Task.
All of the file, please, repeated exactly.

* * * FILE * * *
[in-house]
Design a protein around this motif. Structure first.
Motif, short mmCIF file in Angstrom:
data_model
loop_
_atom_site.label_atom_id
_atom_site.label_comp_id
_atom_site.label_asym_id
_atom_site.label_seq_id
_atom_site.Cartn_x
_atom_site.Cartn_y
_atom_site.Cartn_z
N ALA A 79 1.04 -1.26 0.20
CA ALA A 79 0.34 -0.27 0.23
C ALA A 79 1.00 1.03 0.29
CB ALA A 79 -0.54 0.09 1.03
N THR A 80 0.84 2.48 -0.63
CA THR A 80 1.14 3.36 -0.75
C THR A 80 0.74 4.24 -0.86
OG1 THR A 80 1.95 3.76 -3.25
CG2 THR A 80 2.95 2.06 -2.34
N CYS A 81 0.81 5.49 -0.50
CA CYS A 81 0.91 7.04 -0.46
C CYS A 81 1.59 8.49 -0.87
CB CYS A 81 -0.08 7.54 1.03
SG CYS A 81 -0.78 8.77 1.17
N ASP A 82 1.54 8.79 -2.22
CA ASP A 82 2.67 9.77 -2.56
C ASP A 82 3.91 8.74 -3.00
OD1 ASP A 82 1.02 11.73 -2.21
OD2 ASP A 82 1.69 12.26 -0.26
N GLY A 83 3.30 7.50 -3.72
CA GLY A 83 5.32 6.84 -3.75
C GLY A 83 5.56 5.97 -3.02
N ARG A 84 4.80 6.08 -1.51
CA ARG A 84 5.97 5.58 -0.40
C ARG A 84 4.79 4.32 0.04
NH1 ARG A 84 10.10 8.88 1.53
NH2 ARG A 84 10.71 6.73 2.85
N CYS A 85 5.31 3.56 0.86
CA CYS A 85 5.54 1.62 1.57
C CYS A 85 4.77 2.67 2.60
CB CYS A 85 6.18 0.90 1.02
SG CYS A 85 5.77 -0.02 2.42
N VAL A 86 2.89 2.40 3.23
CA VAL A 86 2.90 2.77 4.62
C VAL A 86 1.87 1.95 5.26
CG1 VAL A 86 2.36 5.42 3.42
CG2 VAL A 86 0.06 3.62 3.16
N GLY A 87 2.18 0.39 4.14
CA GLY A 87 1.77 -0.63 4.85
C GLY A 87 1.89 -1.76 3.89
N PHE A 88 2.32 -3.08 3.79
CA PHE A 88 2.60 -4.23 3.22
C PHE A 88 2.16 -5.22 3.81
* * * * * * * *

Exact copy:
[in-house]
Design a protein around this motif. Structure first.
Motif, short mmCIF file in Angstrom:
data_model
loop_
_atom_site.label_atom_id
_atom_site.label_comp_id
_atom_site.label_asym_id
_atom_site.label_seq_id
_atom_site.Cartn_x
_atom_site.Cartn_y
_atom_site.Cartn_z
N ALA A 79 1.04 -1.26 0.20
CA ALA A 79 0.34 -0.27 0.23
C ALA A 79 1.00 1.03 0.29
CB ALA A 79 -0.54 0.09 1.03
N THR A 80 0.84 2.48 -0.63
CA THR A 80 1.14 3.36 -0.75
C THR A 80 0.74 4.24 -0.86
OG1 THR A 80 1.95 3.76 -3.25
CG2 THR A 80 2.95 2.06 -2.34
N CYS A 81 0.81 5.49 -0.50
CA CYS A 81 0.91 7.04 -0.46
C CYS A 81 1.59 8.49 -0.87
CB CYS A 81 -0.08 7.54 1.03
SG CYS A 81 -0.78 8.77 1.17
N ASP A 82 1.54 8.79 -2.22
CA ASP A 82 2.67 9.77 -2.56
C ASP A 82 3.91 8.74 -3.00
OD1 ASP A 82 1.02 11.73 -2.21
OD2 ASP A 82 1.69 12.26 -0.26
N GLY A 83 3.30 7.50 -3.72
CA GLY A 83 5.32 6.84 -3.75
C GLY A 83 5.56 5.97 -3.02
N ARG A 84 4.80 6.08 -1.51
CA ARG A 84 5.97 5.58 -0.40
C ARG A 84 4.79 4.32 0.04
NH1 ARG A 84 10.10 8.88 1.53
NH2 ARG A 84 10.71 6.73 2.85
N CYS A 85 5.31 3.56 0.86
CA CYS A 85 5.54 1.62 1.57
C CYS A 85 4.77 2.67 2.60
CB CYS A 85 6.18 0.90 1.02
SG CYS A 85 5.77 -0.02 2.42
N VAL A 86 2.89 2.40 3.23
CA VAL A 86 2.90 2.77 4.62
C VAL A 86 1.87 1.95 5.26
CG1 VAL A 86 2.36 5.42 3.42
CG2 VAL A 86 0.06 3.62 3.16
N GLY A 87 2.18 0.39 4.14
CA GLY A 87 1.77 -0.63 4.85
C GLY A 87 1.89 -1.76 3.89
N PHE A 88 2.32 -3.08 3.79
CA PHE A 88 2.60 -4.23 3.22
C PHE A 88 2.16 -5.22 3.81